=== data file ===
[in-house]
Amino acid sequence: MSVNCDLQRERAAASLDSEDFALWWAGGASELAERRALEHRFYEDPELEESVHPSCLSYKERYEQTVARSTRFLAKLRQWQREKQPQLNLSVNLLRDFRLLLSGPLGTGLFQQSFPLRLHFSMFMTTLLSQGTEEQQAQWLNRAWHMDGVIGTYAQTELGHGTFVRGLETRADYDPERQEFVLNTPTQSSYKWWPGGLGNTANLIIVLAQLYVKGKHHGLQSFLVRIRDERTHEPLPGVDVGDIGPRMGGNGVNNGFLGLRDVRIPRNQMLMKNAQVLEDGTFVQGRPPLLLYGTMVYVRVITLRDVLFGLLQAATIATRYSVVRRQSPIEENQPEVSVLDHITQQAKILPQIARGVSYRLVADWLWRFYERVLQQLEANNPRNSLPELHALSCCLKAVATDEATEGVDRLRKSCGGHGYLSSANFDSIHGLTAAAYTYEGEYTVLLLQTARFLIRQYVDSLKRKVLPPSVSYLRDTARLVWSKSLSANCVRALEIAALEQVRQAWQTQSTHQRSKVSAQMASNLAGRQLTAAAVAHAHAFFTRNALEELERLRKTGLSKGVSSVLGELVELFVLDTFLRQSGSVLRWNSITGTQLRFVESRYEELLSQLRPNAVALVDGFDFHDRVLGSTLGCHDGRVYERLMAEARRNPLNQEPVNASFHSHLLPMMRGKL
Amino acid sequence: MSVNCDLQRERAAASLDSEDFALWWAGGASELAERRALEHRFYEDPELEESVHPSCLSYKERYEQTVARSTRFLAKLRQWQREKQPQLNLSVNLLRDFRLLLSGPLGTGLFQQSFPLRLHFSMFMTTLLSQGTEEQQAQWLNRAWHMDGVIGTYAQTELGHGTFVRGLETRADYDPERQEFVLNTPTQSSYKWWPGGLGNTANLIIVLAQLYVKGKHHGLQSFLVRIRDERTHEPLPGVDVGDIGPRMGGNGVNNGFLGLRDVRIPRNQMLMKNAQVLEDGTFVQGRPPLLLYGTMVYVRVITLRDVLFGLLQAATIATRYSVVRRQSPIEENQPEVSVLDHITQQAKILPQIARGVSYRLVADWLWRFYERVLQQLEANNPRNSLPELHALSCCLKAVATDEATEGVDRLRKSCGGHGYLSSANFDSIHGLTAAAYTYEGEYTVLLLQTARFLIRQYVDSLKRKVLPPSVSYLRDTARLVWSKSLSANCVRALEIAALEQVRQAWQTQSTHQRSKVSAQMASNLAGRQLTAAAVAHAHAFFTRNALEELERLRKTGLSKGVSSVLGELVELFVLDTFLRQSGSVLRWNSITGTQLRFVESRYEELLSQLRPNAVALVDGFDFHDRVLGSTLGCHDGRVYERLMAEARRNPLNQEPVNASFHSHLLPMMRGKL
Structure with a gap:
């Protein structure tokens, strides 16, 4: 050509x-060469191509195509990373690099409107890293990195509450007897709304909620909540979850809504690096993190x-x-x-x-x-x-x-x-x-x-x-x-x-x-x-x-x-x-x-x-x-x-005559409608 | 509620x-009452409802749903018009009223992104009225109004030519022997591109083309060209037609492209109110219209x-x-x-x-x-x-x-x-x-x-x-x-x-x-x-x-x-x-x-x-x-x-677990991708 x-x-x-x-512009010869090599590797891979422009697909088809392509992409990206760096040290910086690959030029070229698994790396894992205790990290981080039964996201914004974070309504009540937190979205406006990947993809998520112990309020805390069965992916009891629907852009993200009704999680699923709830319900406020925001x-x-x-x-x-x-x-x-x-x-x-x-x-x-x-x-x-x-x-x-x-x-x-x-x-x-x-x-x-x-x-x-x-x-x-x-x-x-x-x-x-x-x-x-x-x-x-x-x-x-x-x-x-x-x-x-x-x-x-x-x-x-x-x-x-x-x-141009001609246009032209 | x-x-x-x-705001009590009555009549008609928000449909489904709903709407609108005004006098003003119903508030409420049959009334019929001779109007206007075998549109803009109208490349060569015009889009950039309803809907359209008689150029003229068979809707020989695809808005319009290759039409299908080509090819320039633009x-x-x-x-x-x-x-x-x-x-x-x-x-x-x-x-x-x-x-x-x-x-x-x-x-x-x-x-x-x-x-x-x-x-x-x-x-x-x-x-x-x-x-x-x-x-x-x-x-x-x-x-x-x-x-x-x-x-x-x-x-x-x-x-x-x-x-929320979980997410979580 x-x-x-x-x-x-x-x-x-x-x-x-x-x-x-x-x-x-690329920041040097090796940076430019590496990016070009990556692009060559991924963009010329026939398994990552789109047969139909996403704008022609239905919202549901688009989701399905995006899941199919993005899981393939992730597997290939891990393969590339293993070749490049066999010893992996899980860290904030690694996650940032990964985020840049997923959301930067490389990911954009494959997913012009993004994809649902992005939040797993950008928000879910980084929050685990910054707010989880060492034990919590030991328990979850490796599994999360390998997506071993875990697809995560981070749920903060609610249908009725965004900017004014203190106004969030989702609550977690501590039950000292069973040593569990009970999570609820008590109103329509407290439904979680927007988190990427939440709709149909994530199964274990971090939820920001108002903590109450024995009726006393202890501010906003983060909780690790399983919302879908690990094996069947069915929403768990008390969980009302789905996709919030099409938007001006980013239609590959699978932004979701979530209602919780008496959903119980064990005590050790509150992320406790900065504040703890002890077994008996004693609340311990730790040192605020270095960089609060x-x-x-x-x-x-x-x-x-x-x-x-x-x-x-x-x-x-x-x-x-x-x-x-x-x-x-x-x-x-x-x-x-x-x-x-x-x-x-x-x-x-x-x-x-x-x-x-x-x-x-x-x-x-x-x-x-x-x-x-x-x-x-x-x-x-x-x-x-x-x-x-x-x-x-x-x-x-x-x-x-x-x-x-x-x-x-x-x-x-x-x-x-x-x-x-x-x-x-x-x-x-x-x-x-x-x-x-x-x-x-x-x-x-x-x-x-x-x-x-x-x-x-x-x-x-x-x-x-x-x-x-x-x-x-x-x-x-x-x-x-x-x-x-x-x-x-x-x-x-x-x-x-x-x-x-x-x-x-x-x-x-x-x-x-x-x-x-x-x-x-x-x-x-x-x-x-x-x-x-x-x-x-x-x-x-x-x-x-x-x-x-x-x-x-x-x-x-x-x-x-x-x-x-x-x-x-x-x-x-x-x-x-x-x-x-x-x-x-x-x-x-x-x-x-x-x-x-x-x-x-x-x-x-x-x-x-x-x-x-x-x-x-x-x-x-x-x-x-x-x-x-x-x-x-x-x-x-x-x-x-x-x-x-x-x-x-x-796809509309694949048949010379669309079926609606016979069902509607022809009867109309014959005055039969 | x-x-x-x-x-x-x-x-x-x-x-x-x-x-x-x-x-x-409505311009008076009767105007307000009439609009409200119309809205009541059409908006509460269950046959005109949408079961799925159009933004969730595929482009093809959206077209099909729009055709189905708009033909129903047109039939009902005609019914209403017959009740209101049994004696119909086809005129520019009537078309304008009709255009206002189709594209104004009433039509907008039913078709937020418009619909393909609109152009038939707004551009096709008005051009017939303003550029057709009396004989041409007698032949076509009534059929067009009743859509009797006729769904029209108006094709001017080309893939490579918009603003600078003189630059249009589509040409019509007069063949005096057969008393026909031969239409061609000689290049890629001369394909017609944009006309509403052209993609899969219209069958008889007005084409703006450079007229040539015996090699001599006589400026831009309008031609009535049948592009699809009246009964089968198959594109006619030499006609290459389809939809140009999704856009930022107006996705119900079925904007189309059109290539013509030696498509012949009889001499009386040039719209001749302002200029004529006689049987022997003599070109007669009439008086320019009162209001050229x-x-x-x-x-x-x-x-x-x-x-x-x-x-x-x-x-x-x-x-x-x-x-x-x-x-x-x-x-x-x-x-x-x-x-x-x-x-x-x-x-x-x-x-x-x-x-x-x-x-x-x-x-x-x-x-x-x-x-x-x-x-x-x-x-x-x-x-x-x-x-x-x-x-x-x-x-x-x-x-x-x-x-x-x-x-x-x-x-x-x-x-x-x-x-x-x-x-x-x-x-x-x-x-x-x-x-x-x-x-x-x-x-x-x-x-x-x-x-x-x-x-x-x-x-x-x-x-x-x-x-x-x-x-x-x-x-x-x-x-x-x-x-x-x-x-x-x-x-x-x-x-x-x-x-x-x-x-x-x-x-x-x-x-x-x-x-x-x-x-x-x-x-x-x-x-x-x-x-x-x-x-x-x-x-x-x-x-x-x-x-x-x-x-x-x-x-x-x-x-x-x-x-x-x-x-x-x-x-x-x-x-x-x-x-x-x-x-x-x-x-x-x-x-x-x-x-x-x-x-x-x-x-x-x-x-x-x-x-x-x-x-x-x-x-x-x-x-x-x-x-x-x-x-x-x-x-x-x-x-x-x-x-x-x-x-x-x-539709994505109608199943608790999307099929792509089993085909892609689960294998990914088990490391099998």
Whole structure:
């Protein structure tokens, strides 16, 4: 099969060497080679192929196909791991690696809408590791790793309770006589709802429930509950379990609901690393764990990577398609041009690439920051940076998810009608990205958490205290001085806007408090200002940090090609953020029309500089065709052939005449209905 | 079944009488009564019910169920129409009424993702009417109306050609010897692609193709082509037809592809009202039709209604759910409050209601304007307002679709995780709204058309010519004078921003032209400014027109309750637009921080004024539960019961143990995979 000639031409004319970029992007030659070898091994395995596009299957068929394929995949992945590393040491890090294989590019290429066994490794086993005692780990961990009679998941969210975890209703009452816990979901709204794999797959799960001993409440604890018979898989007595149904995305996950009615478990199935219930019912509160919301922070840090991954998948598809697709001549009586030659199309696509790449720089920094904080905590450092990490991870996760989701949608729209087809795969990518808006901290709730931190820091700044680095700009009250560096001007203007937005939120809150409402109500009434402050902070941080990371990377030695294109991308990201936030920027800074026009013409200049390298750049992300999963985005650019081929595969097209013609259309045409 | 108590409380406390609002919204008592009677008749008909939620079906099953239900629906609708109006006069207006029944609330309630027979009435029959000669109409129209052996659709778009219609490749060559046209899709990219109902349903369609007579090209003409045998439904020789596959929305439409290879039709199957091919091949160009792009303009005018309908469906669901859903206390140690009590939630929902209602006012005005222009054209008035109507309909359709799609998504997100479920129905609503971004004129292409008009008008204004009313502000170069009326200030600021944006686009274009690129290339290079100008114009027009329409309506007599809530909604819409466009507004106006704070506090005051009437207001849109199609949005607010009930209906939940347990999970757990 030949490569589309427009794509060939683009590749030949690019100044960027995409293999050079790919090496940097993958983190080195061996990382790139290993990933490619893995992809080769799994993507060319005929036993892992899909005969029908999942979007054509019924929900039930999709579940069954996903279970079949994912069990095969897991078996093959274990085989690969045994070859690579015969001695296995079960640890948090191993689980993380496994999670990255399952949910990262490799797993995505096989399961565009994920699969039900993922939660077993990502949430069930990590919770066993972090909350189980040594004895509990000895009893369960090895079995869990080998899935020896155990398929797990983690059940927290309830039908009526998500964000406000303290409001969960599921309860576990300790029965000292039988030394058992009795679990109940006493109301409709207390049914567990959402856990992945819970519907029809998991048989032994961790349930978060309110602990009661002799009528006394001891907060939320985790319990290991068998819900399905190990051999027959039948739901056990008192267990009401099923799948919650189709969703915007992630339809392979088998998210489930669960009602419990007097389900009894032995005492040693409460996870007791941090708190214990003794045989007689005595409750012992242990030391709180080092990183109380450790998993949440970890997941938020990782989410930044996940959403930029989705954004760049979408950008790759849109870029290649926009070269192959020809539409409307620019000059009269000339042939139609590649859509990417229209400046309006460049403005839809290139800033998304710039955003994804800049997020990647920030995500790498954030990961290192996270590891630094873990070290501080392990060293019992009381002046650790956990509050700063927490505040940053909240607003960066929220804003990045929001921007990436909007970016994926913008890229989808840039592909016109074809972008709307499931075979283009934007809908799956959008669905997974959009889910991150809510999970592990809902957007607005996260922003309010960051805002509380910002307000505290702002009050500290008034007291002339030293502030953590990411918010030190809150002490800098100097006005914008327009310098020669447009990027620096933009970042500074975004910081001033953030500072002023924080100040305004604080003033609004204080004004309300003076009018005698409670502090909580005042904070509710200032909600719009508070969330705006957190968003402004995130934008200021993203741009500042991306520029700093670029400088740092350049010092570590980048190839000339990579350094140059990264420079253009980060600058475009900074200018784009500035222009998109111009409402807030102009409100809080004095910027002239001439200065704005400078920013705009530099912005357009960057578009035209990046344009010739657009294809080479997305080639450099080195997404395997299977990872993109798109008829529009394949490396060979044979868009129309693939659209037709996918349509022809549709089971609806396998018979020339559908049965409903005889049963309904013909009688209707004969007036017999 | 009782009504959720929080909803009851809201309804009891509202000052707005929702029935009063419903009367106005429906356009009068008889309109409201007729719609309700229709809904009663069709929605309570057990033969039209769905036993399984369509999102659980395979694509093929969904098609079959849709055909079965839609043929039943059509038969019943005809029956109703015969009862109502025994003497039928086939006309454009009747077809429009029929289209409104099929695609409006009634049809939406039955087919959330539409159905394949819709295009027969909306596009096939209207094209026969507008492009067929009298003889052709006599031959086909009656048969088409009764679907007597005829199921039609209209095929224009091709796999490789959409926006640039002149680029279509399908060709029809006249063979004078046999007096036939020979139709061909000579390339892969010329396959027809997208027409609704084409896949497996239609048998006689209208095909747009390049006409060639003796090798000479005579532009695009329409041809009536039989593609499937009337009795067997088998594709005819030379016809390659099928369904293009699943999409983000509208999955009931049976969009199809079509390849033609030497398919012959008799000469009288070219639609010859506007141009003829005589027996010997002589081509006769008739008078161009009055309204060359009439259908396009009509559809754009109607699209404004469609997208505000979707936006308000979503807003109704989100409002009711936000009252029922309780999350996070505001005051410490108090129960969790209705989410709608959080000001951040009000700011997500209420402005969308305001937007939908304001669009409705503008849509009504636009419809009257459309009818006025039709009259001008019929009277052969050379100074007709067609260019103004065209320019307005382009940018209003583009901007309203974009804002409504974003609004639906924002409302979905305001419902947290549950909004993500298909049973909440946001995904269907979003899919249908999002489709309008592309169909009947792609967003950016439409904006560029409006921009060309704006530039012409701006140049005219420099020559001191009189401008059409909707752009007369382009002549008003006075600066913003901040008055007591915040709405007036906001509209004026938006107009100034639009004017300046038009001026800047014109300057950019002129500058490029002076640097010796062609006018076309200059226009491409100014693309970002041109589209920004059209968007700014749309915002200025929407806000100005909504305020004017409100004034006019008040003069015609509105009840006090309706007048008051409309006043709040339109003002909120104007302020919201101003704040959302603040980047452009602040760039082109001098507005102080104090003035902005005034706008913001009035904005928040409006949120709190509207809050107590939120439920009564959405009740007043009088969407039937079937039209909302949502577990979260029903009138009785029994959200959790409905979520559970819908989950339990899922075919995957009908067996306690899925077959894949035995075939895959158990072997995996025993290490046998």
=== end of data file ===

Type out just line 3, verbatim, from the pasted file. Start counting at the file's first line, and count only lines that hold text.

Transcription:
Amino acid sequence: MSVNCDLQRERAAASLDSEDFALWWAGGASELAERRALEHRFYEDPELEESVHPSCLSYKERYEQTVARSTRFLAKLRQWQREKQPQLNLSVNLLRDFRLLLSGPLGTGLFQQSFPLRLHFSMFMTTLLSQGTEEQQAQWLNRAWHMDGVIGTYAQTELGHGTFVRGLETRADYDPERQEFVLNTPTQSSYKWWPGGLGNTANLIIVLAQLYVKGKHHGLQSFLVRIRDERTHEPLPGVDVGDIGPRMGGNGVNNGFLGLRDVRIPRNQMLMKNAQVLEDGTFVQGRPPLLLYGTMVYVRVITLRDVLFGLLQAATIATRYSVVRRQSPIEENQPEVSVLDHITQQAKILPQIARGVSYRLVADWLWRFYERVLQQLEANNPRNSLPELHALSCCLKAVATDEATEGVDRLRKSCGGHGYLSSANFDSIHGLTAAAYTYEGEYTVLLLQTARFLIRQYVDSLKRKVLPPSVSYLRDTARLVWSKSLSANCVRALEIAALEQVRQAWQTQSTHQRSKVSAQMASNLAGRQLTAAAVAHAHAFFTRNALEELERLRKTGLSKGVSSVLGELVELFVLDTFLRQSGSVLRWNSITGTQLRFVESRYEELLSQLRPNAVALVDGFDFHDRVLGSTLGCHDGRVYERLMAEARRNPLNQEPVNASFHSHLLPMMRGKL